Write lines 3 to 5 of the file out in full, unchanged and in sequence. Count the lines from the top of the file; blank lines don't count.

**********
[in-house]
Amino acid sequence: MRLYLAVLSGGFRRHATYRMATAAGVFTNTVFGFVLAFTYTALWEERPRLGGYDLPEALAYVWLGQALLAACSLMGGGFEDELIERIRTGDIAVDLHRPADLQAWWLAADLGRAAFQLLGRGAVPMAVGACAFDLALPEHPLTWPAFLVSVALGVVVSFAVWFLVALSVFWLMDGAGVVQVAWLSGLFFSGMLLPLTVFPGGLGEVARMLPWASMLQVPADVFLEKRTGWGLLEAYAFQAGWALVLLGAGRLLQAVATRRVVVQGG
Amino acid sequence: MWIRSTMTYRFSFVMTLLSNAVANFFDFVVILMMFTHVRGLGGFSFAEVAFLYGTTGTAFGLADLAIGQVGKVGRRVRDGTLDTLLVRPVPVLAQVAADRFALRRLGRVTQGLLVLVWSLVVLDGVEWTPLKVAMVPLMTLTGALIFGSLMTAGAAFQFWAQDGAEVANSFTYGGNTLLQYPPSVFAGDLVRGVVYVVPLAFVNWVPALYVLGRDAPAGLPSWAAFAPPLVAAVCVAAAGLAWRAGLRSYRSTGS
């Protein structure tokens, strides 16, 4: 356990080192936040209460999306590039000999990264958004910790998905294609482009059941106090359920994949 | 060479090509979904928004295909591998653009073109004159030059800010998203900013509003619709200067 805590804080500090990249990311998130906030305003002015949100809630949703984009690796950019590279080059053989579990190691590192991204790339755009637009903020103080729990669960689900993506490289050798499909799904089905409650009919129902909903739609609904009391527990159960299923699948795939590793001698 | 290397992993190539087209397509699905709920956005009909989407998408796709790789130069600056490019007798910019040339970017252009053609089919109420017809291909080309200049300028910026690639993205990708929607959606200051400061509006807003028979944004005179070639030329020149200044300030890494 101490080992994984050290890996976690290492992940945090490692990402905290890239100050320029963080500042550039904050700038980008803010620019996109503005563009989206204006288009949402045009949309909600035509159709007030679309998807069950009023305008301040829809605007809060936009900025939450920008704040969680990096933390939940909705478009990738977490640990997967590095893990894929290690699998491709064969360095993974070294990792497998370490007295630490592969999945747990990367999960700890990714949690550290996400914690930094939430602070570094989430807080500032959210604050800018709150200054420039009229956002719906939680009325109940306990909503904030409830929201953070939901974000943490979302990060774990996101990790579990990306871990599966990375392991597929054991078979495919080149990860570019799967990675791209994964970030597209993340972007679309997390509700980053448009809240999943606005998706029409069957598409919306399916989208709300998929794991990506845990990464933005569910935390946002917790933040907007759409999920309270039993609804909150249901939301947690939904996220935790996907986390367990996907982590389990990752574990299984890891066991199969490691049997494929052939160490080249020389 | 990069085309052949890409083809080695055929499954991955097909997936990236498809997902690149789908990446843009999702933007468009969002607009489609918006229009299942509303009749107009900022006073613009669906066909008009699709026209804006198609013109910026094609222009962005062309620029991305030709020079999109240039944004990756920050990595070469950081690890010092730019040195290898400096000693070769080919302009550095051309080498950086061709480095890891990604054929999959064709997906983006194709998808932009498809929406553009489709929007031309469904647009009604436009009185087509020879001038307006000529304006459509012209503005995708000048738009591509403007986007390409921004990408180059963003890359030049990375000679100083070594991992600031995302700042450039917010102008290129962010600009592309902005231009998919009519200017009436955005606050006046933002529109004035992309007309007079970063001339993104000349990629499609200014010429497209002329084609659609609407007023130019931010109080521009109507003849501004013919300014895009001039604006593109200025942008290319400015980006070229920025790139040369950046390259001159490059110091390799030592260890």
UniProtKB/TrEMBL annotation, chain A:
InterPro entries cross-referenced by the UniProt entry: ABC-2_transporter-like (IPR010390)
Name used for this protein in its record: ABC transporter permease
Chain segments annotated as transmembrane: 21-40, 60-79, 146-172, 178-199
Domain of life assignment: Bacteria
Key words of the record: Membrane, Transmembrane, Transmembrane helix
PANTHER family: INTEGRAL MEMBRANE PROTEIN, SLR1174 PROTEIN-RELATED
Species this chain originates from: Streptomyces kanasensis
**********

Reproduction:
Amino acid sequence: MWIRSTMTYRFSFVMTLLSNAVANFFDFVVILMMFTHVRGLGGFSFAEVAFLYGTTGTAFGLADLAIGQVGKVGRRVRDGTLDTLLVRPVPVLAQVAADRFALRRLGRVTQGLLVLVWSLVVLDGVEWTPLKVAMVPLMTLTGALIFGSLMTAGAAFQFWAQDGAEVANSFTYGGNTLLQYPPSVFAGDLVRGVVYVVPLAFVNWVPALYVLGRDAPAGLPSWAAFAPPLVAAVCVAAAGLAWRAGLRSYRSTGS
């Protein structure tokens, strides 16, 4: 356990080192936040209460999306590039000999990264958004910790998905294609482009059941106090359920994949 | 060479090509979904928004295909591998653009073109004159030059800010998203900013509003619709200067 805590804080500090990249990311998130906030305003002015949100809630949703984009690796950019590279080059053989579990190691590192991204790339755009637009903020103080729990669960689900993506490289050798499909799904089905409650009919129902909903739609609904009391527990159960299923699948795939590793001698 | 290397992993190539087209397509699905709920956005009909989407998408796709790789130069600056490019007798910019040339970017252009053609089919109420017809291909080309200049300028910026690639993205990708929607959606200051400061509006807003028979944004005179070639030329020149200044300030890494 101490080992994984050290890996976690290492992940945090490692990402905290890239100050320029963080500042550039904050700038980008803010620019996109503005563009989206204006288009949402045009949309909600035509159709007030679309998807069950009023305008301040829809605007809060936009900025939450920008704040969680990096933390939940909705478009990738977490640990997967590095893990894929290690699998491709064969360095993974070294990792497998370490007295630490592969999945747990990367999960700890990714949690550290996400914690930094939430602070570094989430807080500032959210604050800018709150200054420039009229956002719906939680009325109940306990909503904030409830929201953070939901974000943490979302990060774990996101990790579990990306871990599966990375392991597929054991078979495919080149990860570019799967990675791209994964970030597209993340972007679309997390509700980053448009809240999943606005998706029409069957598409919306399916989208709300998929794991990506845990990464933005569910935390946002917790933040907007759409999920309270039993609804909150249901939301947690939904996220935790996907986390367990996907982590389990990752574990299984890891066991199969490691049997494929052939160490080249020389 | 990069085309052949890409083809080695055929499954991955097909997936990236498809997902690149789908990446843009999702933007468009969002607009489609918006229009299942509303009749107009900022006073613009669906066909008009699709026209804006198609013109910026094609222009962005062309620029991305030709020079999109240039944004990756920050990595070469950081690890010092730019040195290898400096000693070769080919302009550095051309080498950086061709480095890891990604054929999959064709997906983006194709998808932009498809929406553009489709929007031309469904647009009604436009009185087509020879001038307006000529304006459509012209503005995708000048738009591509403007986007390409921004990408180059963003890359030049990375000679100083070594991992600031995302700042450039917010102008290129962010600009592309902005231009998919009519200017009436955005606050006046933002529109004035992309007309007079970063001339993104000349990629499609200014010429497209002329084609659609609407007023130019931010109080521009109507003849501004013919300014895009001039604006593109200025942008290319400015980006070229920025790139040369950046390259001159490059110091390799030592260890």
UniProtKB/TrEMBL annotation, chain A: